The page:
I would be disappointed if I had spent my money on this book but it was a really good choice for a stocking filler at christmas. Sometimes I deliberately leave books on the train for others to read. However, this one leaves me with mixed opinions and it will go on the book shelf at home for future reference.

FullSizeRender

Taken on an iPhone

I was about to suggest if I read anymore books in the series by Freeman, they might best be borrowed from the library.

However, look what I got for my birthday…….

FullSizeRender

Taken on an I-phone

Lets hope the whisky & Capturing Light are more interesting.

I need a dodge in Camden.

Well finally something I think I will enjoy is on locally. Unless I’m getting a Hackney Carriage home and he decides to take the scenic route!

Actually it was a very entertaining journey and he knocked the meter price back down to where is should’ve been.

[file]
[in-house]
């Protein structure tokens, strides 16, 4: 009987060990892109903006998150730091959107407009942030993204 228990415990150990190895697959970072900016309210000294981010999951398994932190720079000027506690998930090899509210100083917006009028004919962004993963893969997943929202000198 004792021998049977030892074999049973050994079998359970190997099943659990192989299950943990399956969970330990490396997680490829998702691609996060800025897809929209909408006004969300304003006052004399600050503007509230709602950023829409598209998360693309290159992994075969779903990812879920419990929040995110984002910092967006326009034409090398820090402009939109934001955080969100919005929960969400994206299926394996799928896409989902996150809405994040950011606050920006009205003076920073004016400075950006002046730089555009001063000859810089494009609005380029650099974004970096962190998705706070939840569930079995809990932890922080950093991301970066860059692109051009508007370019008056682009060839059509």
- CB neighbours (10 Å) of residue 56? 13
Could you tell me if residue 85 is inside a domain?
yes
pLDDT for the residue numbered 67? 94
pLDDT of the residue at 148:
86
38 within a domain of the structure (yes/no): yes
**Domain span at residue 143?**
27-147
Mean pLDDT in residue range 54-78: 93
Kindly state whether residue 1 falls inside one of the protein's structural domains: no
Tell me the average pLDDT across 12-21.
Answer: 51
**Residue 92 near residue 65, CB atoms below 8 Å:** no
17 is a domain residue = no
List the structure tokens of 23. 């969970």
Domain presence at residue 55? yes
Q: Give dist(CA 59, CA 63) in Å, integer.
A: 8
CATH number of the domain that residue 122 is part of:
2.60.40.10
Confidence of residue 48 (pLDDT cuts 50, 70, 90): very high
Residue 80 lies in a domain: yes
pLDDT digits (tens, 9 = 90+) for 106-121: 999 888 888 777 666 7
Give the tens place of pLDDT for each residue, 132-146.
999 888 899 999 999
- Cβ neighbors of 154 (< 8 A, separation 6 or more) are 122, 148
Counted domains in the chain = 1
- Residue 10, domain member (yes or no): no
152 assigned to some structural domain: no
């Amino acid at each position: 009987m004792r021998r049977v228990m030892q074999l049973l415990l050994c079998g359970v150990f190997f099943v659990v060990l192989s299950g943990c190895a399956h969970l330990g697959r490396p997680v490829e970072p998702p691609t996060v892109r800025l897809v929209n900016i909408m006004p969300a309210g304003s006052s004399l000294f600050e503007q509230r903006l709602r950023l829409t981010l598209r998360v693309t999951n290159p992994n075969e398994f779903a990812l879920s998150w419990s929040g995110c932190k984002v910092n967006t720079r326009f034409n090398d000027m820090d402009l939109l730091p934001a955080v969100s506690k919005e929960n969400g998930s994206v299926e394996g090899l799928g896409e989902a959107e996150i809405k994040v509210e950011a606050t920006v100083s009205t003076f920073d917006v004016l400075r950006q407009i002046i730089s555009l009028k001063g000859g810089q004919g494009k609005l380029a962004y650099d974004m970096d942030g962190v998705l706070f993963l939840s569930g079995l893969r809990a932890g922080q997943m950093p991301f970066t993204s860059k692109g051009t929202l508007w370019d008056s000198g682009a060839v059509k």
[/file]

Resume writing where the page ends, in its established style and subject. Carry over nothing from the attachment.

FARE PLAY!

Sorry! Just couldn’t resist it.

So, the night begins in a mexican restaurant near to KOKO in Camden. For the older folk that have moved away, this used to be The Music Machine.

Me and my date for the night (The lucky lady has been my date for the last 27 years) walk in to a mexican restaurant to get some grub and The Urban Voodoo Machine are there chilling out. To my surprise they don’t say a word to the table of ten girls sat next to them in their net ball outfits. Not very Rock ‘n’ Roll but very gentlemanly.

I know one of them has clocked the camera (The band not the net ball team) and I feel like saying to him, relax, yes I know who you are but there is a time and a place for photos and I’m not disturbing your last hour before a gig.

Its just not the done thing…. Its not how I work. I want people I shoot to trust me. I do not want to put sneaky photos out there and I’m not going to put out anything I would consider unflattering.

Entering KOKO. “Excuse me Sir, No cameras!” What the….. You’re kidding me right?

My wife then asks rhetorically “what even though almost everyone has a phone?”……… I have to say at this point that the security chap was extremely polite and I asked for his supervisor who offered to call the manager…. Its not on the tickets that we have, nor have I noticed anything on their website stating no cameras.

So here I am, camera in hand and ready to demand a refund when the manager of the venue apologises for the situation, appears empathetic to my concerns over the safety of my kit and gives a personal reassurance that it will be looked after.